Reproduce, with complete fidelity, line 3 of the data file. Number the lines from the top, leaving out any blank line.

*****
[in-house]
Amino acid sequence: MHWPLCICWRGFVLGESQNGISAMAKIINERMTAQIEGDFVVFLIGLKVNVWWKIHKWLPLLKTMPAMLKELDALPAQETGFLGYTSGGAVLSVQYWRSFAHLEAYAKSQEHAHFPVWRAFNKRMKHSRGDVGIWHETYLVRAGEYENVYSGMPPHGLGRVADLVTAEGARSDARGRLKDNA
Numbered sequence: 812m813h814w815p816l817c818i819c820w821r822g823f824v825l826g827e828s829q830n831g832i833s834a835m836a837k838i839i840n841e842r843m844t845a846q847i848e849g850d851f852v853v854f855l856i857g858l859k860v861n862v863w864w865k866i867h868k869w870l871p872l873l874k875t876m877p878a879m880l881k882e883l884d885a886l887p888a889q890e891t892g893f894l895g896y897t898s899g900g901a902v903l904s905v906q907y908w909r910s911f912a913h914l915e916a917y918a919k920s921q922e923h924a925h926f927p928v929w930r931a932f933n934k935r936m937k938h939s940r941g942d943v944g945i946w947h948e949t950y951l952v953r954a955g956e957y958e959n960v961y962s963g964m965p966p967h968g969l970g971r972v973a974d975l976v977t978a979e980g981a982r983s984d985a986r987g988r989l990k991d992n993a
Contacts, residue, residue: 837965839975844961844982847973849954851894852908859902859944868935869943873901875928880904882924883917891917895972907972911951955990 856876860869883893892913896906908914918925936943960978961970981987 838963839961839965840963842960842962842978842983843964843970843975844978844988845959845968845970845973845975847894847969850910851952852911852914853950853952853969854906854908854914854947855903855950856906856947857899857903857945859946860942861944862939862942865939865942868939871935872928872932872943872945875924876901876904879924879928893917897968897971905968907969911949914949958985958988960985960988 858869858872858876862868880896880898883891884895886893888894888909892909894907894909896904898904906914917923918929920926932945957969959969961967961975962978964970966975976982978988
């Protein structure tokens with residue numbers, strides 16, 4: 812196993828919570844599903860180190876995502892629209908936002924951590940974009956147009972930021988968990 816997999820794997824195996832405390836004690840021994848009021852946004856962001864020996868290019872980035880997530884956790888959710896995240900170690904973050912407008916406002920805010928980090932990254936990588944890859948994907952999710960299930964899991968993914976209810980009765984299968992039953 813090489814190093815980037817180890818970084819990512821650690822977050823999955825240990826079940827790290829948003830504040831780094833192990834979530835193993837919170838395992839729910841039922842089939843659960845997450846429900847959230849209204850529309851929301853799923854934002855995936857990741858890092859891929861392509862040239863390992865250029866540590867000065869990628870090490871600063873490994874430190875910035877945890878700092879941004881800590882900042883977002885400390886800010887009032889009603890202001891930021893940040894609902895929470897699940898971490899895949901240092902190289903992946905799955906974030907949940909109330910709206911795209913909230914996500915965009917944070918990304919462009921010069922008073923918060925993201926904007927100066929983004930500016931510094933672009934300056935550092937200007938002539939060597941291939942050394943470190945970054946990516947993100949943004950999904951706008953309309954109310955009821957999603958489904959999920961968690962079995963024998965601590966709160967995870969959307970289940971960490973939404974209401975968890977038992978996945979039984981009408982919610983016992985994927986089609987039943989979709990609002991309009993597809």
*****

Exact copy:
Numbered sequence: 812m813h814w815p816l817c818i819c820w821r822g823f824v825l826g827e828s829q830n831g832i833s834a835m836a837k838i839i840n841e842r843m844t845a846q847i848e849g850d851f852v853v854f855l856i857g858l859k860v861n862v863w864w865k866i867h868k869w870l871p872l873l874k875t876m877p878a879m880l881k882e883l884d885a886l887p888a889q890e891t892g893f894l895g896y897t898s899g900g901a902v903l904s905v906q907y908w909r910s911f912a913h914l915e916a917y918a919k920s921q922e923h924a925h926f927p928v929w930r931a932f933n934k935r936m937k938h939s940r941g942d943v944g945i946w947h948e949t950y951l952v953r954a955g956e957y958e959n960v961y962s963g964m965p966p967h968g969l970g971r972v973a974d975l976v977t978a979e980g981a982r983s984d985a986r987g988r989l990k991d992n993a